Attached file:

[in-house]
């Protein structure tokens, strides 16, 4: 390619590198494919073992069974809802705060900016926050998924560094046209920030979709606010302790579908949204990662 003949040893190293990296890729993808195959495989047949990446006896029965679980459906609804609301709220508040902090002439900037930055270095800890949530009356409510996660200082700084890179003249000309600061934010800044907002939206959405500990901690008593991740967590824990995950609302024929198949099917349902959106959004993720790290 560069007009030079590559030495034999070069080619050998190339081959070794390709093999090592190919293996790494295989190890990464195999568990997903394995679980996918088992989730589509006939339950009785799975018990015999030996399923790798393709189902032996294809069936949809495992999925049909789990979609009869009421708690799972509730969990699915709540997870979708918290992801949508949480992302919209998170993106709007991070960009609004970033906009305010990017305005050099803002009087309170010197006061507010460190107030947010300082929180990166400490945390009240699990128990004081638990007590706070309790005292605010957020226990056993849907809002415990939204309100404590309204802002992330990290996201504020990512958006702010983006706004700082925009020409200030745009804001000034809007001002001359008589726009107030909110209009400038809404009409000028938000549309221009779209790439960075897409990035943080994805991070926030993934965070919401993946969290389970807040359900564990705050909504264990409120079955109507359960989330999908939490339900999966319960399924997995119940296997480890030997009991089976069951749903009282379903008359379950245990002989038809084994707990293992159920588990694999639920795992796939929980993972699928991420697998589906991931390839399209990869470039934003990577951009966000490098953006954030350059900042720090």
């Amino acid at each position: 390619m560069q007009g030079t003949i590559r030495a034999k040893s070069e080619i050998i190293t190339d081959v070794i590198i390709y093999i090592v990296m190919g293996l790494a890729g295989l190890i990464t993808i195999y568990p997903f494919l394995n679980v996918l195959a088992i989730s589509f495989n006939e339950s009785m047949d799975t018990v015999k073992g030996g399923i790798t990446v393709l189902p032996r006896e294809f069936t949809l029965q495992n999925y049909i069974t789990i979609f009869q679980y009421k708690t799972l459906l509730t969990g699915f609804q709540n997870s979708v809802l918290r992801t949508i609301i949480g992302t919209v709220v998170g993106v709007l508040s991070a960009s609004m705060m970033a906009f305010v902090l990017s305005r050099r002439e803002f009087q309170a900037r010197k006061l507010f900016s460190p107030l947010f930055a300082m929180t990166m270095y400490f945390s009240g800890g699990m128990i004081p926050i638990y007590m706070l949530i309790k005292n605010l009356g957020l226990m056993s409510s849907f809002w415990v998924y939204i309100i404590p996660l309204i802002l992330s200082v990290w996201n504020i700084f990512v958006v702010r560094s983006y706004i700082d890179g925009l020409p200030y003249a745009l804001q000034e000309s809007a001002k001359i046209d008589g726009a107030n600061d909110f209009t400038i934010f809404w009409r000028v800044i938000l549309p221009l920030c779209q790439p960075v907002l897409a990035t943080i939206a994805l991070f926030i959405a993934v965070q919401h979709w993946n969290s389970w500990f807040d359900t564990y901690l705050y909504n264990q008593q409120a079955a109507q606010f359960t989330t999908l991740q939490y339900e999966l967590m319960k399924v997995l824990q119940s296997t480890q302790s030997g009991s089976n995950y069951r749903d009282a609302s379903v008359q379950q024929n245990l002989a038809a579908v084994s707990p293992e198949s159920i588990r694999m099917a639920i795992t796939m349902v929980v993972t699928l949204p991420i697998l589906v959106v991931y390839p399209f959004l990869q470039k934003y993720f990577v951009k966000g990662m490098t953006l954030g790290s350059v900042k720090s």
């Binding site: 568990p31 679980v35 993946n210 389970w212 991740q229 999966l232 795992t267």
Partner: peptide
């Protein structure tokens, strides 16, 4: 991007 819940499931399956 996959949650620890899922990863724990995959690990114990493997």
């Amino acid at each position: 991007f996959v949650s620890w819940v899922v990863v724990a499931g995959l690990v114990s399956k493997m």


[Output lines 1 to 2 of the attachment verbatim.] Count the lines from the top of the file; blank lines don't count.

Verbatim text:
[in-house]
């Protein structure tokens, strides 16, 4: 390619590198494919073992069974809802705060900016926050998924560094046209920030979709606010302790579908949204990662 003949040893190293990296890729993808195959495989047949990446006896029965679980459906609804609301709220508040902090002439900037930055270095800890949530009356409510996660200082700084890179003249000309600061934010800044907002939206959405500990901690008593991740967590824990995950609302024929198949099917349902959106959004993720790290 560069007009030079590559030495034999070069080619050998190339081959070794390709093999090592190919293996790494295989190890990464195999568990997903394995679980996918088992989730589509006939339950009785799975018990015999030996399923790798393709189902032996294809069936949809495992999925049909789990979609009869009421708690799972509730969990699915709540997870979708918290992801949508949480992302919209998170993106709007991070960009609004970033906009305010990017305005050099803002009087309170010197006061507010460190107030947010300082929180990166400490945390009240699990128990004081638990007590706070309790005292605010957020226990056993849907809002415990939204309100404590309204802002992330990290996201504020990512958006702010983006706004700082925009020409200030745009804001000034809007001002001359008589726009107030909110209009400038809404009409000028938000549309221009779209790439960075897409990035943080994805991070926030993934965070919401993946969290389970807040359900564990705050909504264990409120079955109507359960989330999908939490339900999966319960399924997995119940296997480890030997009991089976069951749903009282379903008359379950245990002989038809084994707990293992159920588990694999639920795992796939929980993972699928991420697998589906991931390839399209990869470039934003990577951009966000490098953006954030350059900042720090």